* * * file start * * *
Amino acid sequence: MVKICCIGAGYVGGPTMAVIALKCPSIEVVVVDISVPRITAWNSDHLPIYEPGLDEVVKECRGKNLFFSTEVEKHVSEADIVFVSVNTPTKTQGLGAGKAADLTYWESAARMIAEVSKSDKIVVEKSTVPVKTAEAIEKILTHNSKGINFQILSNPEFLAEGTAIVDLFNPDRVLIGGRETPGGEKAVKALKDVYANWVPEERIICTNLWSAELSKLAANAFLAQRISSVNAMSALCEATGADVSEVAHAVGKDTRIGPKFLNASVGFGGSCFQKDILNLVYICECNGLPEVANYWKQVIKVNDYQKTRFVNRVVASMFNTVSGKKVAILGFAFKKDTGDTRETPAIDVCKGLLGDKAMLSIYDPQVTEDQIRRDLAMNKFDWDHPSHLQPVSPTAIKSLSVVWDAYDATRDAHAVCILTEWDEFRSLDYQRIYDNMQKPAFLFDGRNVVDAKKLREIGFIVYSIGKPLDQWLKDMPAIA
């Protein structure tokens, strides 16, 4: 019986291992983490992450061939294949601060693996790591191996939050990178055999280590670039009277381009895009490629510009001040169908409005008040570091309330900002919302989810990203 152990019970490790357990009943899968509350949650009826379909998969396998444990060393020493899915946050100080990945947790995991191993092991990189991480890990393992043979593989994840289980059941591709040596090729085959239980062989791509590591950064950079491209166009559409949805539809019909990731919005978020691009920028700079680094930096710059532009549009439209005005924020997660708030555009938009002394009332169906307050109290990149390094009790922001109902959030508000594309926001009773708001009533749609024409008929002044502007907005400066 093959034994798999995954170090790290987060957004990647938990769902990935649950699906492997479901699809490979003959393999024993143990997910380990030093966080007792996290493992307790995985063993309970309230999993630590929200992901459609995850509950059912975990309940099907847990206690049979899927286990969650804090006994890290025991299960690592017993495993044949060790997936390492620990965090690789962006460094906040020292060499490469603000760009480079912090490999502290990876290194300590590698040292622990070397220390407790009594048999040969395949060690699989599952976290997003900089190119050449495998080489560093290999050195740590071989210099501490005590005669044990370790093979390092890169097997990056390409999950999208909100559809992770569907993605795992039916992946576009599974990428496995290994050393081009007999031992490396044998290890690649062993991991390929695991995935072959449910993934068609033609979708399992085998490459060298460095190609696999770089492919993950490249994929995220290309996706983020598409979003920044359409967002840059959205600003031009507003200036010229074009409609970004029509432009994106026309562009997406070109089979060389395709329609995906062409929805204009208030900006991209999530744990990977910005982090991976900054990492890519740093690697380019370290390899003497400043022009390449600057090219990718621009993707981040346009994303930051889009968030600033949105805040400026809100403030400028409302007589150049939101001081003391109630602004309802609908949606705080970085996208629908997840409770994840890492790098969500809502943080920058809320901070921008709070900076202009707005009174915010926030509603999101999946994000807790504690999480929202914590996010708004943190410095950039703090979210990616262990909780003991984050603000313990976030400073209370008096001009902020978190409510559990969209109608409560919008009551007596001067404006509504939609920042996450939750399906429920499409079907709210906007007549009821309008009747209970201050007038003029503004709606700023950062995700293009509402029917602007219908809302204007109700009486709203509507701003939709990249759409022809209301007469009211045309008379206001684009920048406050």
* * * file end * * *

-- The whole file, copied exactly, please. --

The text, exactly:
Amino acid sequence: MVKICCIGAGYVGGPTMAVIALKCPSIEVVVVDISVPRITAWNSDHLPIYEPGLDEVVKECRGKNLFFSTEVEKHVSEADIVFVSVNTPTKTQGLGAGKAADLTYWESAARMIAEVSKSDKIVVEKSTVPVKTAEAIEKILTHNSKGINFQILSNPEFLAEGTAIVDLFNPDRVLIGGRETPGGEKAVKALKDVYANWVPEERIICTNLWSAELSKLAANAFLAQRISSVNAMSALCEATGADVSEVAHAVGKDTRIGPKFLNASVGFGGSCFQKDILNLVYICECNGLPEVANYWKQVIKVNDYQKTRFVNRVVASMFNTVSGKKVAILGFAFKKDTGDTRETPAIDVCKGLLGDKAMLSIYDPQVTEDQIRRDLAMNKFDWDHPSHLQPVSPTAIKSLSVVWDAYDATRDAHAVCILTEWDEFRSLDYQRIYDNMQKPAFLFDGRNVVDAKKLREIGFIVYSIGKPLDQWLKDMPAIA
């Protein structure tokens, strides 16, 4: 019986291992983490992450061939294949601060693996790591191996939050990178055999280590670039009277381009895009490629510009001040169908409005008040570091309330900002919302989810990203 152990019970490790357990009943899968509350949650009826379909998969396998444990060393020493899915946050100080990945947790995991191993092991990189991480890990393992043979593989994840289980059941591709040596090729085959239980062989791509590591950064950079491209166009559409949805539809019909990731919005978020691009920028700079680094930096710059532009549009439209005005924020997660708030555009938009002394009332169906307050109290990149390094009790922001109902959030508000594309926001009773708001009533749609024409008929002044502007907005400066 093959034994798999995954170090790290987060957004990647938990769902990935649950699906492997479901699809490979003959393999024993143990997910380990030093966080007792996290493992307790995985063993309970309230999993630590929200992901459609995850509950059912975990309940099907847990206690049979899927286990969650804090006994890290025991299960690592017993495993044949060790997936390492620990965090690789962006460094906040020292060499490469603000760009480079912090490999502290990876290194300590590698040292622990070397220390407790009594048999040969395949060690699989599952976290997003900089190119050449495998080489560093290999050195740590071989210099501490005590005669044990370790093979390092890169097997990056390409999950999208909100559809992770569907993605795992039916992946576009599974990428496995290994050393081009007999031992490396044998290890690649062993991991390929695991995935072959449910993934068609033609979708399992085998490459060298460095190609696999770089492919993950490249994929995220290309996706983020598409979003920044359409967002840059959205600003031009507003200036010229074009409609970004029509432009994106026309562009997406070109089979060389395709329609995906062409929805204009208030900006991209999530744990990977910005982090991976900054990492890519740093690697380019370290390899003497400043022009390449600057090219990718621009993707981040346009994303930051889009968030600033949105805040400026809100403030400028409302007589150049939101001081003391109630602004309802609908949606705080970085996208629908997840409770994840890492790098969500809502943080920058809320901070921008709070900076202009707005009174915010926030509603999101999946994000807790504690999480929202914590996010708004943190410095950039703090979210990616262990909780003991984050603000313990976030400073209370008096001009902020978190409510559990969209109608409560919008009551007596001067404006509504939609920042996450939750399906429920499409079907709210906007007549009821309008009747209970201050007038003029503004709606700023950062995700293009509402029917602007219908809302204007109700009486709203509507701003939709990249759409022809209301007469009211045309008379206001684009920048406050």